Home > Uncategorized > Fox News on the FCRA; and a word about permissible purpose

Fox News on the FCRA; and a word about permissible purpose

August 17, 2012

Fox News created a short consumer’s guide to the FCRA, which you can read here.  It does a nice job of giving the reader an overview of what the FCRA does and how it does it, and I recommend it for that reason.

I would caution readers against taking Point #2 of the guide – “Only authorized users can see what’s in your credit report” – too literally.  This part of the article implies that the law somehow prevents people from seeing your credit report.  That’s not how it works.

Neither the FCRA nor the criminal law can stop someone from seeing what’s in your credit report.  Rather, the FCRA penalizes the companies that create credit reports if they allow unauthorized users to see your report, and the criminal law punishes unauthorized users who gain access to your report.  The penalties under both laws are indeed fairly stiff, so the credit reporting agencies have a good incentive to good your report private, and unauthorized users have a good incentive to stay out of your private affairs.

However, sometimes a mistake gets made, or someone slips through the cracks, and an unauthorized user does get access to someone’s credit report.  This shouldn’t be too surprising:  not too long ago, someone stalled on a jet ski in the water near New York City and had to swim to shore; he ended up swimming to JFK airport, where he unintentionally breached its $100 million anti-terrorist security system.  If that can happen, so can errors in the credit reporting security system.  I’m familiar with one case in which a mortgage broker had established access to credit reports, so that he could obtain reports about people who wanted to obtain mortgages through him.  One of the broker’s children allegedly logged onto the system without telling anyone and used it to pull credit reports of people that the child knew.  And I’ve read about cases in which a private eye, a car dealer, or another person with a business reason to obtain credit reports uses that access impermissibly.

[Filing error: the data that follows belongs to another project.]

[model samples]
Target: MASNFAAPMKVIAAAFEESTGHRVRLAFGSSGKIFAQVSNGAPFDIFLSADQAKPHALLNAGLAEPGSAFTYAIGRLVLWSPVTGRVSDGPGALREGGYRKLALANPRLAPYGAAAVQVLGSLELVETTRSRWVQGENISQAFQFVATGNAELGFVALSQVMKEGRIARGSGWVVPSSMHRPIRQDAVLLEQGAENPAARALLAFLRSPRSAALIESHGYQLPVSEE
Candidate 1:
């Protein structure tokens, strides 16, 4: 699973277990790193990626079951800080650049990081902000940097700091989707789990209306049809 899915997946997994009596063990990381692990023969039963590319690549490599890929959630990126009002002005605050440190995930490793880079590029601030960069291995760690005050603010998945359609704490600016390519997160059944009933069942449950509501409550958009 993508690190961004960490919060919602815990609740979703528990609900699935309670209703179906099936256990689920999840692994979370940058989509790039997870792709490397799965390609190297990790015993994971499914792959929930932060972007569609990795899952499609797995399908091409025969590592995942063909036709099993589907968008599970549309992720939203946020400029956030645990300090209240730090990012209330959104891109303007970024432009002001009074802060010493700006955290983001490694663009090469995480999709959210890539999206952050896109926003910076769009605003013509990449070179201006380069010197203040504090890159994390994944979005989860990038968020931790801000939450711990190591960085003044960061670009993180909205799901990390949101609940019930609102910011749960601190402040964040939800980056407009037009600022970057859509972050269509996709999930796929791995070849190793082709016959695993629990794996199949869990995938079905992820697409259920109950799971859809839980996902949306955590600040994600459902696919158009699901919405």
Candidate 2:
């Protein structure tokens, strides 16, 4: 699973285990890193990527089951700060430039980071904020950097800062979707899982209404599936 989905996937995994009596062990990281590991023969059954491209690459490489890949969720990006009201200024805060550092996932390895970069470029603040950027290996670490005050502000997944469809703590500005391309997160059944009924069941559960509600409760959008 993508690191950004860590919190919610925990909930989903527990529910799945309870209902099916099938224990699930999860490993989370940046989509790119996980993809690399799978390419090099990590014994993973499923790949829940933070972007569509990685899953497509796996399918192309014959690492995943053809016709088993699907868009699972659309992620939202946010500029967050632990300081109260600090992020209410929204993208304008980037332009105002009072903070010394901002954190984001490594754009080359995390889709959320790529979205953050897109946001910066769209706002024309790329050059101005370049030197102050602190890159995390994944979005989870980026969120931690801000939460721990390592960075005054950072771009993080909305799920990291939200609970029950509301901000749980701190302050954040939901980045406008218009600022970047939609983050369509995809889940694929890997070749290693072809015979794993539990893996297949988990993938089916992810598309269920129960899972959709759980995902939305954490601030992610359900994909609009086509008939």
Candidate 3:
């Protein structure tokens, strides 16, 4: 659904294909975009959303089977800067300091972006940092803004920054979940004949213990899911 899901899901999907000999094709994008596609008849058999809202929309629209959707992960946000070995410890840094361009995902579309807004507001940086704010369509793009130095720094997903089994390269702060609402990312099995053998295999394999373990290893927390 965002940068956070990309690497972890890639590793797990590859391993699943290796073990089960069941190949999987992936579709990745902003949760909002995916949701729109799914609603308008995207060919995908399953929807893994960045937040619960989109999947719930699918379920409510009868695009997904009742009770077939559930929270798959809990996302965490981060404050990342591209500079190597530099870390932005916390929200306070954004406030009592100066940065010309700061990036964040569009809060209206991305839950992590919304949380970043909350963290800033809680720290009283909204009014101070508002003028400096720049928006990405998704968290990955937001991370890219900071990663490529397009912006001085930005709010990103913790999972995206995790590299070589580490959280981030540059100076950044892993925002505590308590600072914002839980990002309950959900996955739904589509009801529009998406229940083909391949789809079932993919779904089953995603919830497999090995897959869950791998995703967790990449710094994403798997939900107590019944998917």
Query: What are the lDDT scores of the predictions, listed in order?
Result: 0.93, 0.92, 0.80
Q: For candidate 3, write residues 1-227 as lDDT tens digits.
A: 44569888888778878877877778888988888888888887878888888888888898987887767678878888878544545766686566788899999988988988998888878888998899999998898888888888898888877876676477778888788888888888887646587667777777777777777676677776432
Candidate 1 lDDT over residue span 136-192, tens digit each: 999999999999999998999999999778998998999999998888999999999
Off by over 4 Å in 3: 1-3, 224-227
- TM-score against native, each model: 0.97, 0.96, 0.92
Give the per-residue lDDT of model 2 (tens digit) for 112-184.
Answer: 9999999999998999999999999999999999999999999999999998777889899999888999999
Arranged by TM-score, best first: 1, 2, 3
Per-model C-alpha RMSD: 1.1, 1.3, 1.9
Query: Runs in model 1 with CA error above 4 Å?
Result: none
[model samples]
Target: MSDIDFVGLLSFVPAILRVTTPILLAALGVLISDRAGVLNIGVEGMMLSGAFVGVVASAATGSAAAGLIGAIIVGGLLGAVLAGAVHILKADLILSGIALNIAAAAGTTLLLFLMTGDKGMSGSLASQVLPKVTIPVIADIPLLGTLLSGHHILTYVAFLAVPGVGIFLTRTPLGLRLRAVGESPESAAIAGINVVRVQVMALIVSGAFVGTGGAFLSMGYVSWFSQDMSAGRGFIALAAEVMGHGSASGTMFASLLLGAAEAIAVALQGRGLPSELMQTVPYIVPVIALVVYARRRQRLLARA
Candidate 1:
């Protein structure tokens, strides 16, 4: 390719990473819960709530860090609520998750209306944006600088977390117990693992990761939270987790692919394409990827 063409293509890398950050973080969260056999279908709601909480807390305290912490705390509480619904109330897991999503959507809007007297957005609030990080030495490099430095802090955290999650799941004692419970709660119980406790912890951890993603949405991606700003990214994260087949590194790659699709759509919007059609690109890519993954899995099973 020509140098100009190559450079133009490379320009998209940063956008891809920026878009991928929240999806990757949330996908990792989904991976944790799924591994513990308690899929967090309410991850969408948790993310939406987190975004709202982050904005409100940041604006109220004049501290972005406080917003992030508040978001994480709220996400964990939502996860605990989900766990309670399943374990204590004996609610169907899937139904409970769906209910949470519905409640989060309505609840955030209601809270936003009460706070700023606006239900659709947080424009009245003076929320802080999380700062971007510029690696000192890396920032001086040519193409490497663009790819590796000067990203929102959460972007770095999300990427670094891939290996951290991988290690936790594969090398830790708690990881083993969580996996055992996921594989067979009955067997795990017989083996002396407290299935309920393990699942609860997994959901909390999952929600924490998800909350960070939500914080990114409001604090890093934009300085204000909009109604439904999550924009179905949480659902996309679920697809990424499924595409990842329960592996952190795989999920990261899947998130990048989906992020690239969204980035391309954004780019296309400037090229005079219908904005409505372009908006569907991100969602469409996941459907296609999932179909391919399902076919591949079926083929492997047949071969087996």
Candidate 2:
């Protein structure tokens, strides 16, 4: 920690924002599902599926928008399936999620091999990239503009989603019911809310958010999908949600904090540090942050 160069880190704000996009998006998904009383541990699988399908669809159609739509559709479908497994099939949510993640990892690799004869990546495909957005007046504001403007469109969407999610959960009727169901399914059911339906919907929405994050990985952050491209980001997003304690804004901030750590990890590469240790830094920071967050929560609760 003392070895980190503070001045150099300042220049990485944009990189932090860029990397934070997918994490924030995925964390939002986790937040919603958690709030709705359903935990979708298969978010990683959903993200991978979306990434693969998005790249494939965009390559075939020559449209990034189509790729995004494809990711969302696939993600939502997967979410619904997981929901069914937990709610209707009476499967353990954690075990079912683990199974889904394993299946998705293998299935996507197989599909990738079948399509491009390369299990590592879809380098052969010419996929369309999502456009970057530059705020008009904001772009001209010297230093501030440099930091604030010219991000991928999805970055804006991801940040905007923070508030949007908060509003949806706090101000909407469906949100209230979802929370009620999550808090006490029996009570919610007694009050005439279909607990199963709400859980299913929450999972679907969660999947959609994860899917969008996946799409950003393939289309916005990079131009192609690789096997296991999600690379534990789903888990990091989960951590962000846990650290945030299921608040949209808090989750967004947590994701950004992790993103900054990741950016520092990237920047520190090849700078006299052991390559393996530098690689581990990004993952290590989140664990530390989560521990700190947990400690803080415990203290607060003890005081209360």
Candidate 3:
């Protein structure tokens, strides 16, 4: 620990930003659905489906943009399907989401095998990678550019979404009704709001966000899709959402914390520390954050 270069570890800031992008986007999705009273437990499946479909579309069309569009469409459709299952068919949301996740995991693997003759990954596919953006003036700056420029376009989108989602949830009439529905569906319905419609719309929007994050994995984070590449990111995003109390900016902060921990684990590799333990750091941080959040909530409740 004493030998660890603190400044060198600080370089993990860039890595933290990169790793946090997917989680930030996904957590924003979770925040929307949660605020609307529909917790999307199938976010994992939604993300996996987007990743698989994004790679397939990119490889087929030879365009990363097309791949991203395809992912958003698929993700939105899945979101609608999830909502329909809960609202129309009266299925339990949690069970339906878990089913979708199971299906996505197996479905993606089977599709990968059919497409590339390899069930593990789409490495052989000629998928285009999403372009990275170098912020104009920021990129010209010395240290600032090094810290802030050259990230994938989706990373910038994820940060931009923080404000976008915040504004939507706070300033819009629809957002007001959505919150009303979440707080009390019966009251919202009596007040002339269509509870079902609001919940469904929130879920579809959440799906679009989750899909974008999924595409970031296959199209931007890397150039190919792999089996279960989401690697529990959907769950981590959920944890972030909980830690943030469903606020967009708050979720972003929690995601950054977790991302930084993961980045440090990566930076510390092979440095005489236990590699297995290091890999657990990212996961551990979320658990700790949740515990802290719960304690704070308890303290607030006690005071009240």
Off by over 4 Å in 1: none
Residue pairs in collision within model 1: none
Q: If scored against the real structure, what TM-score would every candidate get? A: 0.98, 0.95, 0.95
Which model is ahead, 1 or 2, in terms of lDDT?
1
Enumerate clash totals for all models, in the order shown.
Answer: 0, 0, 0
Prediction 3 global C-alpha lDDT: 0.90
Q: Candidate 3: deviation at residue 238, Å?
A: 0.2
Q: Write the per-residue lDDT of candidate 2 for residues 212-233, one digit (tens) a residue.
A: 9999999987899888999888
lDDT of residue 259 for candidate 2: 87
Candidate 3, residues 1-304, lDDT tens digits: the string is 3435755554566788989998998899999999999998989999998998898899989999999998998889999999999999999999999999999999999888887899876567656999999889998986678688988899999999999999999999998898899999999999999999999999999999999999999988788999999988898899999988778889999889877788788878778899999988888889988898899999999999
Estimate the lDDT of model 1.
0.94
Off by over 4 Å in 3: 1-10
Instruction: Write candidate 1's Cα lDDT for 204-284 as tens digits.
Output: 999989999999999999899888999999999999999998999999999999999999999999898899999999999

In these situations, the FCRA is usually NOT going to penalize the credit reporting agency.  See, e.g., Boothe v. TRW, 557 F. Supp. 66 (S.D.N.Y. 1982); Wilson v. Sessoms, No. 96-1031, 1998 U.S. Dist. LEXIS 8154 (M.D.N.C. Mar. 16, 1998); Short v. Allstate Credit Bureau, 370 F. Supp. 2d 1173 (M.D. Ala. 2005), all of which held that a credit reporting agency was not liable when a previously trustworthy business used its relationship with the agency to obtain someone’s credit report without permission.  From the agency’s perspective, a mortgage broker, car dealer, or private eye asked for a credit report; the agency had no reason to suspect that there was anything impermissible about that request.  The FCRA or some other law may give the person whose report was accessed a right to sue the broker, dealer, or private eye.  But they may not be wealthy enough to make suing them worthwhile.



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